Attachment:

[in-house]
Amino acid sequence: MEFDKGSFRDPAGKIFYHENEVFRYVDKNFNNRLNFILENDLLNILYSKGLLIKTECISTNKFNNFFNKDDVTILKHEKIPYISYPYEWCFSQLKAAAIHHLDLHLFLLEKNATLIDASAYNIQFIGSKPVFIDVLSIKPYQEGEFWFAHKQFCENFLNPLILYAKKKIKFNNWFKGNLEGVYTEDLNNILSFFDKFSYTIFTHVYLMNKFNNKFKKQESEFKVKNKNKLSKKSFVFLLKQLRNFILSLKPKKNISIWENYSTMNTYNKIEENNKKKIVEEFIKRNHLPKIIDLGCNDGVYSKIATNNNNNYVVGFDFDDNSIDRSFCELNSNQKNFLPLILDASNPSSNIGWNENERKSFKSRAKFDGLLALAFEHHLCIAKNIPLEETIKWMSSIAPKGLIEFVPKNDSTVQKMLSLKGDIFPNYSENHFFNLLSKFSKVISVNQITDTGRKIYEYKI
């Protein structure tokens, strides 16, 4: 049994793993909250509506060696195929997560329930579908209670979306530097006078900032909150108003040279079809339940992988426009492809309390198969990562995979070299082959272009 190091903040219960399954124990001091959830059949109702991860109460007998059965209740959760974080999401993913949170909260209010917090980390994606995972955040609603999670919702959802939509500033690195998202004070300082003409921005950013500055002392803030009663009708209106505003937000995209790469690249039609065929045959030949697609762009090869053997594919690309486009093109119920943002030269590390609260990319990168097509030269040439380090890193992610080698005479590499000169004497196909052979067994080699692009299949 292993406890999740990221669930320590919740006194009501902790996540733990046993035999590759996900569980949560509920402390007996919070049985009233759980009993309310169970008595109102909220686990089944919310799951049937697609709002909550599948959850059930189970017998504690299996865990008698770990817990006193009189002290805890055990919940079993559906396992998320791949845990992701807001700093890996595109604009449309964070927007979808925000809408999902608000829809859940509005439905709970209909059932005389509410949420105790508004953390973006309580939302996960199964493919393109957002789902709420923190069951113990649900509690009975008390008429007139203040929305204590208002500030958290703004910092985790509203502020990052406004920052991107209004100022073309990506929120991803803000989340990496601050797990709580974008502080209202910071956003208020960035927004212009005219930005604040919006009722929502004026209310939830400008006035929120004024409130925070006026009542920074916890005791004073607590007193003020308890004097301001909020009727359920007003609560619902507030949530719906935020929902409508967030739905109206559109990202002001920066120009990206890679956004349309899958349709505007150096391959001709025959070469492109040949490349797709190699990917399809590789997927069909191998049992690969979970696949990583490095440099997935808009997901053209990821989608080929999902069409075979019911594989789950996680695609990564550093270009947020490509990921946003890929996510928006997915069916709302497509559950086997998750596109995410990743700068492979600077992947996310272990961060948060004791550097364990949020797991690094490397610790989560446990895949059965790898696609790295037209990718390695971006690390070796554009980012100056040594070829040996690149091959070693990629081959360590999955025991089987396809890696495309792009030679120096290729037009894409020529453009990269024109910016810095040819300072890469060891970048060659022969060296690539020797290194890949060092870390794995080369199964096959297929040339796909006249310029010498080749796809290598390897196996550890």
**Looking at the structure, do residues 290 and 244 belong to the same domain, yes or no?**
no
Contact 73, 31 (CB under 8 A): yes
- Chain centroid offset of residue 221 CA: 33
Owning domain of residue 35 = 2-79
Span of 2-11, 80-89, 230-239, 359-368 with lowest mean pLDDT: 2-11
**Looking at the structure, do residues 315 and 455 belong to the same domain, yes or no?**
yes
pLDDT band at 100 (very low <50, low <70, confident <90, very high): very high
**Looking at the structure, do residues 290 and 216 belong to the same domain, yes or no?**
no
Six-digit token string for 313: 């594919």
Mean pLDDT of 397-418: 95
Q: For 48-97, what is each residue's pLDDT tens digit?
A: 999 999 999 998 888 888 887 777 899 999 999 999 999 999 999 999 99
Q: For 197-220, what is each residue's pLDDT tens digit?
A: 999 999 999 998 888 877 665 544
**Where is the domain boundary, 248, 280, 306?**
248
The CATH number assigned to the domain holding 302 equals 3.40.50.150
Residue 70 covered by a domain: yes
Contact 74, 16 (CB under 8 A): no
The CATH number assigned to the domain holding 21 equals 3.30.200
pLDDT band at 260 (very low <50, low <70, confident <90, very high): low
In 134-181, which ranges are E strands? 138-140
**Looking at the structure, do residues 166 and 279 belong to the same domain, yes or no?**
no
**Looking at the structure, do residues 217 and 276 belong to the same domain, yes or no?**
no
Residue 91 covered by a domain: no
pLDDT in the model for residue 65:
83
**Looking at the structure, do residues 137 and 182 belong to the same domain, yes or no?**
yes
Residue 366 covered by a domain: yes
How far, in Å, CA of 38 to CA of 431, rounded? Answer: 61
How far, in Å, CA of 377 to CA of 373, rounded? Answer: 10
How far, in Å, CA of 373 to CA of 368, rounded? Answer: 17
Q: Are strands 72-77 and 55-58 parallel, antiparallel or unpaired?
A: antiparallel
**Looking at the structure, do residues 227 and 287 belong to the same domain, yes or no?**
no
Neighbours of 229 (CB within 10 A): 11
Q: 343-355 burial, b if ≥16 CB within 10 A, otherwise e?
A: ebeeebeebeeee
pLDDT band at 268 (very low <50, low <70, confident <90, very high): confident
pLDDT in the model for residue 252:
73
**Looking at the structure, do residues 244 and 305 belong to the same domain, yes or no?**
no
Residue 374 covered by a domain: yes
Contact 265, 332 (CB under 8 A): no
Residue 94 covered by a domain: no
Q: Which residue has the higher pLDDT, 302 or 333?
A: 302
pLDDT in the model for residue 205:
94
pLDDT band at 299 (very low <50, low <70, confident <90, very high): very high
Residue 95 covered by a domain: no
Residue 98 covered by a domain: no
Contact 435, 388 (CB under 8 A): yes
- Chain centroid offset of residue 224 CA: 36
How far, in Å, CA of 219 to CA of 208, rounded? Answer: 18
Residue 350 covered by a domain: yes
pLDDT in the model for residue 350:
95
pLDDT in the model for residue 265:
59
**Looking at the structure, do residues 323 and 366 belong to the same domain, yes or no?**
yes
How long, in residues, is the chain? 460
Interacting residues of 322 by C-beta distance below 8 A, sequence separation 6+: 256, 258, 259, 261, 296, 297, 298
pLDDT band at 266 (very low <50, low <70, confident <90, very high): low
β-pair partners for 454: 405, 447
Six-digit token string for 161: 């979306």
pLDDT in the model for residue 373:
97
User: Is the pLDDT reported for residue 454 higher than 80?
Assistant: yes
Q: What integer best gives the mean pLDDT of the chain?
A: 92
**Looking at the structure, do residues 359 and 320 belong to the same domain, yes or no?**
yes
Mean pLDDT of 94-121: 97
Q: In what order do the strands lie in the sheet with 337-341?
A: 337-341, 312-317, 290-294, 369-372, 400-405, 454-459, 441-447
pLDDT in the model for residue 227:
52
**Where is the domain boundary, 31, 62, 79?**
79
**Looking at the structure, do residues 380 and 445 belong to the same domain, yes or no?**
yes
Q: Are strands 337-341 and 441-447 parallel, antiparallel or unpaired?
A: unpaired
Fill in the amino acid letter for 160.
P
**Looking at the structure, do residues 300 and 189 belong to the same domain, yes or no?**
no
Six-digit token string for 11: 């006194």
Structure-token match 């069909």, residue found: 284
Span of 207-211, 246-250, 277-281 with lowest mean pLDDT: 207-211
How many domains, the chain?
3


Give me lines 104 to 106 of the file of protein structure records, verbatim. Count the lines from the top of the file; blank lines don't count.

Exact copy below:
Span of 207-211, 246-250, 277-281 with lowest mean pLDDT: 207-211
How many domains, the chain?
3